Introduction: Kismet at the Durian Tree is a story about a transgender Black/Filipina chef named Audra aka Momo aka Ferdinand and the immigrant and LGBTQIA struggles she and her family went through to get to where she is now. Her love for durian has been embedded in her DNA since she was still a boy back in Olongapo City, Philippines. This is also a story about a May-December romance between a 19-year-old Black/Filipino boy named Oscar and a jaded 50-year-old gay Filipino named Jed and how they went through hurdles (differences in age, lifestyle and outlook, etc.,) in order to make their relationship work. Audra’s, Oscar’s and Jed’s life stories are intertwined in a book full of drama and based on their love of durian; yet, in the end, it is all about family and love.
Audra from Momo from Ferdinand
Olongapo City, the Philippines.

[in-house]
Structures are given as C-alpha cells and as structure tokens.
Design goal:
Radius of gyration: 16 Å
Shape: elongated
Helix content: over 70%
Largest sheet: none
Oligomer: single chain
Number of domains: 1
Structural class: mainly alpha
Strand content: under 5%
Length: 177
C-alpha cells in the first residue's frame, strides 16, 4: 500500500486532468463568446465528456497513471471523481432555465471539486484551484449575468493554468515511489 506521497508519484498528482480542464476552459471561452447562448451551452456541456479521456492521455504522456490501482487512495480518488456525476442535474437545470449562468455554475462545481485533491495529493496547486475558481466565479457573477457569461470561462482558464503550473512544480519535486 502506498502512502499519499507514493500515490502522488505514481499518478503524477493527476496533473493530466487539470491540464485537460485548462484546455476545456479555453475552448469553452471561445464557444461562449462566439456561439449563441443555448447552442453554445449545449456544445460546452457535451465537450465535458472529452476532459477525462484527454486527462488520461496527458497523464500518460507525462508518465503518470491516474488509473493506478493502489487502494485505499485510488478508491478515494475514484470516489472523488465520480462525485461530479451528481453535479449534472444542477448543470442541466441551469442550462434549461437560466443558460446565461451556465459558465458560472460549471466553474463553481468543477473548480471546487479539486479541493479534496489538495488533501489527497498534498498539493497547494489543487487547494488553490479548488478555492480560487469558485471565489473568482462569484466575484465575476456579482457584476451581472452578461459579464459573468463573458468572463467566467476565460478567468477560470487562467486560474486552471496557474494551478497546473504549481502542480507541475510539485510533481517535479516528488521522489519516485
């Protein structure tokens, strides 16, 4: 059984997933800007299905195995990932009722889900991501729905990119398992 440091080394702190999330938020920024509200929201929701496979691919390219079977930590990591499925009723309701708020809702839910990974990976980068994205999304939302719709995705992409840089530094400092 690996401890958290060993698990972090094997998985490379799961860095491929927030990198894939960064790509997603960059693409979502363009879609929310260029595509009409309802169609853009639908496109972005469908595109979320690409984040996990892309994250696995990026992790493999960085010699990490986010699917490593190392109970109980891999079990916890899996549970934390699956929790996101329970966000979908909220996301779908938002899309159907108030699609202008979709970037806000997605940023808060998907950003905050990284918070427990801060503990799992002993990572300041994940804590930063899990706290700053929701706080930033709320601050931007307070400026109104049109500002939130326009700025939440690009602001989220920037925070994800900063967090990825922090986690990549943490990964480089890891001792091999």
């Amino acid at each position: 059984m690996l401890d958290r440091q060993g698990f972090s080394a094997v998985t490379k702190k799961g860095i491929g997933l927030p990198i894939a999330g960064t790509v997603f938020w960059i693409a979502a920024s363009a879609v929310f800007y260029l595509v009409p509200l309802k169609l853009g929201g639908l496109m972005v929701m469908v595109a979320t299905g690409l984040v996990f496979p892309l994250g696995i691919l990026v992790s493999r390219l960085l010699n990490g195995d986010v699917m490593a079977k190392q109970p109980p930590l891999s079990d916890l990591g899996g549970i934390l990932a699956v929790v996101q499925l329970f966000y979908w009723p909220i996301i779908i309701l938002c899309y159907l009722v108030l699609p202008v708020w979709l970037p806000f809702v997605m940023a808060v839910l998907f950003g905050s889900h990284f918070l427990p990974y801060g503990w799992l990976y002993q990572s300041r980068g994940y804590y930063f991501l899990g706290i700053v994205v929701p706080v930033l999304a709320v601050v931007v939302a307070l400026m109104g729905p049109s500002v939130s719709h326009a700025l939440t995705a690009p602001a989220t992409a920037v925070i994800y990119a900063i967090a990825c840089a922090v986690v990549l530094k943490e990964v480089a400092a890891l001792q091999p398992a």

That sleepy barrio situated at the northern part of the harbour known as Subic Bay in the island of Luzon. When the earth was still young, the land of tall palm trees, verdant forests and tranquil mountains was home to various tribes on its shores. These tribes were governed by Apos, and they were mostly male. Legend has it that the name came from the word, Ulo Ng Apo, which meant Head of the Chieftain or Elder. There was a village where a peace-loving Apo lived. He ruled with benevolence and the villagers went to him to resolve disputes through peaceful means. Though he is revered in his village, there were others who didn’t want him around. They were the usurpers and the inhabitants from a neighbouring village full of greedy men who coveted this particular Apo’s realm. One day, they decapitated his head in order to instill fear into the villagers. His body was never found. So when the distraught villagers went to cremate their Apo, they were met with shouts of “Ulo Ng Apo (head of the chieftain)” from the village children as the Apo’s body was paraded throughout the village before going to be cremated up in the hills. “Ulo Ng Apo” became a rallying cry uniting the villagers against their enemies. Thus it stuck with the villagers and neighbours alike as the land where Apo now rests is called UloNgApo or, after a few iterations, now officially called Olongapo.